It can easily be shown that simple magnetic and gravity models conform to Euler’s equation (Thompson 1982). We can determine an optimum source location \( \left( {x_{0} ,y_{0} ,z_{0} } \right) \) by solving Euler’s equations for a given set of observed total field data and index \( N \) via a least-squares inversion of the data, with this inversion process often referred to as Euler deconvolution.

A suitable value of the structural index is needed to ensure the successful application of the Euler deconvolution. This is achieved by either experience in the Euler deconvolution method, trial and error, or using an index that produces the best clustering (Reid 1995; Pilkington and Keating 2004; Jaffal et al. 2010). Therefore, we apply the Euler deconvolution method to gravity and magnetic data to calculate the spatial distribution of fractures throughout the rock mass (Figs. 5, 6).
Fig. 5
Fig. 5

Euler deconvolution of the gravity data indicating the Euler solutions for depths (1787–3882 m). The colored circle indicates the depth to gravity source and the center of the circle indicates the position of the source. The main Gravity Euler Trends (GET) are indicated

Fig. 6
Fig. 6

Euler deconvolution of the magnetic data indicating the Euler solutions for depths (2170–3868 m). The colored circle indicates the depth to the magnetic source and the center of the circle indicates the position of the source. The main Magnetic Euler Trends (MET) are indicated

We use minimum curvature gridding for the gravity and aeromagnetic data gridding, and then employ the Geosoft software for the Euler deconvolution calculation using the following predefined parameters: maximum depth tolerance of 3%, window size of 15, and structural indices of 0 and 1 for the gravity and aeromagnetic data, respectively.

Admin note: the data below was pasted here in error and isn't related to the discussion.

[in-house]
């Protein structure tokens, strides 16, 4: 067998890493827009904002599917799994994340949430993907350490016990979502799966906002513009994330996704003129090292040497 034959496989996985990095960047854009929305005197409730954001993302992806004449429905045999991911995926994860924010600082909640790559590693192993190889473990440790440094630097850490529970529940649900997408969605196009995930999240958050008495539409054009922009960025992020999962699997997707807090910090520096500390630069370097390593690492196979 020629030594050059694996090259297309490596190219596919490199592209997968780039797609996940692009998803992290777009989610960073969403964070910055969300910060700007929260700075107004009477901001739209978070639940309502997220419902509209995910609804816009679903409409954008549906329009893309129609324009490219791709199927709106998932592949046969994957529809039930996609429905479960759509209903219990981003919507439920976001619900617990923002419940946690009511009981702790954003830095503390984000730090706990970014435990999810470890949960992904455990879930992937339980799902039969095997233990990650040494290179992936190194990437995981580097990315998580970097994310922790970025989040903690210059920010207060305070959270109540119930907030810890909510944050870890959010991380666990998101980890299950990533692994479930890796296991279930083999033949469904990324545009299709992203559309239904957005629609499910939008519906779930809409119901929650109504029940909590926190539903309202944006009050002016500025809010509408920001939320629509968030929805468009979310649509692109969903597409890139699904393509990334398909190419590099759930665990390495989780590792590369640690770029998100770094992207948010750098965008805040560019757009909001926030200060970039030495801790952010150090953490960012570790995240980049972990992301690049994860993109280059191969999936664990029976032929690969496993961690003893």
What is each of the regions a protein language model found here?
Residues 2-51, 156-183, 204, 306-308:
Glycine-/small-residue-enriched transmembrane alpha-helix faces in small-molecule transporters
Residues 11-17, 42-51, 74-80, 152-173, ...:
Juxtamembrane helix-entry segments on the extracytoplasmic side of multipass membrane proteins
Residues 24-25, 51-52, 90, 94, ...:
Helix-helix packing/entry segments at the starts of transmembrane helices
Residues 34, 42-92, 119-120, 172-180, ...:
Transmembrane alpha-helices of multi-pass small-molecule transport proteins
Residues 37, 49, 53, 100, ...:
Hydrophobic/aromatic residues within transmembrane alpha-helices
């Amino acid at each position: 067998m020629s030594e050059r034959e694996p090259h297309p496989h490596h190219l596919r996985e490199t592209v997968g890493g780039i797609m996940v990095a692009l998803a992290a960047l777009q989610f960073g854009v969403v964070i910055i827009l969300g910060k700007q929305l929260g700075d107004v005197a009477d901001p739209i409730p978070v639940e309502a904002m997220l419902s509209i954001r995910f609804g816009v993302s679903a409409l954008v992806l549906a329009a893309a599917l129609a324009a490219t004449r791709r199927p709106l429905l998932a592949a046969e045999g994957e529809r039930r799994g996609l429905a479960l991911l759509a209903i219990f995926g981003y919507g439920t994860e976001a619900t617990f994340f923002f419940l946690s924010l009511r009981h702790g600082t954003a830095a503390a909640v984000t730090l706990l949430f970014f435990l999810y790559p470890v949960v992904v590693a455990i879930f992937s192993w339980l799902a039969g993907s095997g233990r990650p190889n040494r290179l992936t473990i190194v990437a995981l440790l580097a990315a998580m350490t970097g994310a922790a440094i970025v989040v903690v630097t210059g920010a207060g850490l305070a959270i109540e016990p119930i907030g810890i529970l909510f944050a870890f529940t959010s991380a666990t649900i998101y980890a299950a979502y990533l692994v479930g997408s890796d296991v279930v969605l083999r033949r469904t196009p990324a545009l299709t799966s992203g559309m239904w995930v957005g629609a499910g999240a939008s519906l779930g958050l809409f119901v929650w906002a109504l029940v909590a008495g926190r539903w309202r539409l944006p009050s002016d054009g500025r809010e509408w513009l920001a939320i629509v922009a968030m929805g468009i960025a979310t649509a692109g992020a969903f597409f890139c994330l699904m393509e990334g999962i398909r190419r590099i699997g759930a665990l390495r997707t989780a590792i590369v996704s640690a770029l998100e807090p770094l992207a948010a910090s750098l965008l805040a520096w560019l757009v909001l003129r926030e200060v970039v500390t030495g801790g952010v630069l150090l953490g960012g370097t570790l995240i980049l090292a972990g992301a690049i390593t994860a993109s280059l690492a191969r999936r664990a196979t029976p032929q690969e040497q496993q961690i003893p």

The structural index value should be between 0 and 1 for the gravity data (Li and Xue 2015), with 0 representative of a dyke (rock mass), sill, or step, and 1 representative of a cylinder (Lu et al. 2009). A comprehensive comparison of the gravity field with the known geological information of the region, targeting the structural and physical properties of the deeper main rock masses, indicates that a structure index value of 0 is ideal for our gravity analysis.

A structure index value between 0 and 1 is generally selected to highlight the spatial extent of faults in magnetic data (Li and Xue 2015). Fairhead et al. (1994) and Lu et al. (2009) indicated that the index value of small-scale faults is relatively small (e.g., 0.2), whereas that of deeper and/or large faults is relatively large (e.g., 0.5). Reid (1995) suggested that a structural index value of 1 should be used for thin-plate geological bodies. Since deep-seated faults are thin-plate geological bodies, and our goal is to highlight the distribution of deep-seated faults at depth, we select a structure index value of 1 for our aeromagnetic analysis.

Acquisition and processing of non-seismic geophysical data

High-resolution gravity and magnetic surveys, in combination with magnetotelluric sounding (MT) surveys, provide an effective means of imaging and characterising deep geological structures. We measured new non-seismic geophysical data and created three non-seismic geophysical profiles (NSGPs) between 2012 and 2014 to image the deep geologic structure of the Liaodong area (Figs. 7, 8, 9). A Burris-type high-accuracy gravimeter (ZLS, USA) was used at a distance of 100–250 m from the measuring point. A high-accuracy microcomputer proton magnetometer (GEM-19T; GEM Systems, Canada) was used to obtain measurements at the same locations as in the gravity survey. A V5-2000 MT system (Phoenix Geophysics, Canada) was used for the MT survey, with a dot pitch of 3–5 km. The MT measurements were acquired over 12-h intervals, with a signal-to-noise ratio of > 95% for the captured apparent resistivity curve based on the quality classification standard.
Fig. 7
Fig. 7

a Measured profile of gravity data. b Measured profile of magnetic data. c 2D inversion profile of telluric electromagnetic soundings. d Inferred tectonic profiles. 1. Paleozoic. 2. Permian. 3. Jurassic. 4. Archean granitic gneiss. 5. Paleoproterozoic granite. 6. Early Triassic diorite. 7. Middle Triassic granite. 8. Jurassic granite. 9. Cretaceous granite. 10. Fault. 11. Water storage structures. 12. Hot spring